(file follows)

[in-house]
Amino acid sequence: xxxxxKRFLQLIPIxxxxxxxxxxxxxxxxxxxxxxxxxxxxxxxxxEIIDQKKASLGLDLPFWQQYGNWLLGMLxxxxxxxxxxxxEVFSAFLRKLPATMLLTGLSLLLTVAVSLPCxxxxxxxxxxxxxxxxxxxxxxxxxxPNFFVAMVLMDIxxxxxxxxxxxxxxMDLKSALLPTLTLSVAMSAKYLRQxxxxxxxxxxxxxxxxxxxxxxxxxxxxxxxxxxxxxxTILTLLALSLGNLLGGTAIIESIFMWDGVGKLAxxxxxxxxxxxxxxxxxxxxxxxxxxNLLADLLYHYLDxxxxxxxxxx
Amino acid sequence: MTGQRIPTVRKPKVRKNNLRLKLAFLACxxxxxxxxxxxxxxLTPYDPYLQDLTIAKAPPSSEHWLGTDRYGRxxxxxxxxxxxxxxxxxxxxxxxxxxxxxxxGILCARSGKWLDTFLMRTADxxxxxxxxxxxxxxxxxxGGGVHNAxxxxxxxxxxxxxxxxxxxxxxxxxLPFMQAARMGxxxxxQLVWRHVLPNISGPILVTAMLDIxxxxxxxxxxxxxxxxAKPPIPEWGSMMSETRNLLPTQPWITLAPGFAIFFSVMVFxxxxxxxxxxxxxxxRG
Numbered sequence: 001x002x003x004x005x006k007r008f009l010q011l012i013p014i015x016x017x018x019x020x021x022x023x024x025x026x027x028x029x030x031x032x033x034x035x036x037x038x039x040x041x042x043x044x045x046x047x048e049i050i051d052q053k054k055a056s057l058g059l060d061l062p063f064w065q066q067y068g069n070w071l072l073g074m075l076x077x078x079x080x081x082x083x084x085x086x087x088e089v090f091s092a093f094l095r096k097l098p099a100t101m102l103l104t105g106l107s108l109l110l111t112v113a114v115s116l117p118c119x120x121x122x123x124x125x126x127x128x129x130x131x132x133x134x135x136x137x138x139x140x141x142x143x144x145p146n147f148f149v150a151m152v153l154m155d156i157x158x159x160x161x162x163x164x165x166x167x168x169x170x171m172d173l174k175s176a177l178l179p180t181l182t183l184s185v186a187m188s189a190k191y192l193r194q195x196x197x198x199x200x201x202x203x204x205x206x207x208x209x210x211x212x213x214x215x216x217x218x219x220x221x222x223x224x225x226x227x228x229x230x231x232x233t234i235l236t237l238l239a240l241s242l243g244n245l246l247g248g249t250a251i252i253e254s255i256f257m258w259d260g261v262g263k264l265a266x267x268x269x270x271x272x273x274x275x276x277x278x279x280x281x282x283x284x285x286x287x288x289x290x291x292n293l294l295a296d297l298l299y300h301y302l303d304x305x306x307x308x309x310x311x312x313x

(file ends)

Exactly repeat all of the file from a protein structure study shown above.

[in-house]
Amino acid sequence: xxxxxKRFLQLIPIxxxxxxxxxxxxxxxxxxxxxxxxxxxxxxxxxEIIDQKKASLGLDLPFWQQYGNWLLGMLxxxxxxxxxxxxEVFSAFLRKLPATMLLTGLSLLLTVAVSLPCxxxxxxxxxxxxxxxxxxxxxxxxxxPNFFVAMVLMDIxxxxxxxxxxxxxxMDLKSALLPTLTLSVAMSAKYLRQxxxxxxxxxxxxxxxxxxxxxxxxxxxxxxxxxxxxxxTILTLLALSLGNLLGGTAIIESIFMWDGVGKLAxxxxxxxxxxxxxxxxxxxxxxxxxxNLLADLLYHYLDxxxxxxxxxx
Amino acid sequence: MTGQRIPTVRKPKVRKNNLRLKLAFLACxxxxxxxxxxxxxxLTPYDPYLQDLTIAKAPPSSEHWLGTDRYGRxxxxxxxxxxxxxxxxxxxxxxxxxxxxxxxGILCARSGKWLDTFLMRTADxxxxxxxxxxxxxxxxxxGGGVHNAxxxxxxxxxxxxxxxxxxxxxxxxxLPFMQAARMGxxxxxQLVWRHVLPNISGPILVTAMLDIxxxxxxxxxxxxxxxxAKPPIPEWGSMMSETRNLLPTQPWITLAPGFAIFFSVMVFxxxxxxxxxxxxxxxRG
Numbered sequence: 001x002x003x004x005x006k007r008f009l010q011l012i013p014i015x016x017x018x019x020x021x022x023x024x025x026x027x028x029x030x031x032x033x034x035x036x037x038x039x040x041x042x043x044x045x046x047x048e049i050i051d052q053k054k055a056s057l058g059l060d061l062p063f064w065q066q067y068g069n070w071l072l073g074m075l076x077x078x079x080x081x082x083x084x085x086x087x088e089v090f091s092a093f094l095r096k097l098p099a100t101m102l103l104t105g106l107s108l109l110l111t112v113a114v115s116l117p118c119x120x121x122x123x124x125x126x127x128x129x130x131x132x133x134x135x136x137x138x139x140x141x142x143x144x145p146n147f148f149v150a151m152v153l154m155d156i157x158x159x160x161x162x163x164x165x166x167x168x169x170x171m172d173l174k175s176a177l178l179p180t181l182t183l184s185v186a187m188s189a190k191y192l193r194q195x196x197x198x199x200x201x202x203x204x205x206x207x208x209x210x211x212x213x214x215x216x217x218x219x220x221x222x223x224x225x226x227x228x229x230x231x232x233t234i235l236t237l238l239a240l241s242l243g244n245l246l247g248g249t250a251i252i253e254s255i256f257m258w259d260g261v262g263k264l265a266x267x268x269x270x271x272x273x274x275x276x277x278x279x280x281x282x283x284x285x286x287x288x289x290x291x292n293l294l295a296d297l298l299y300h301y302l303d304x305x306x307x308x309x310x311x312x313x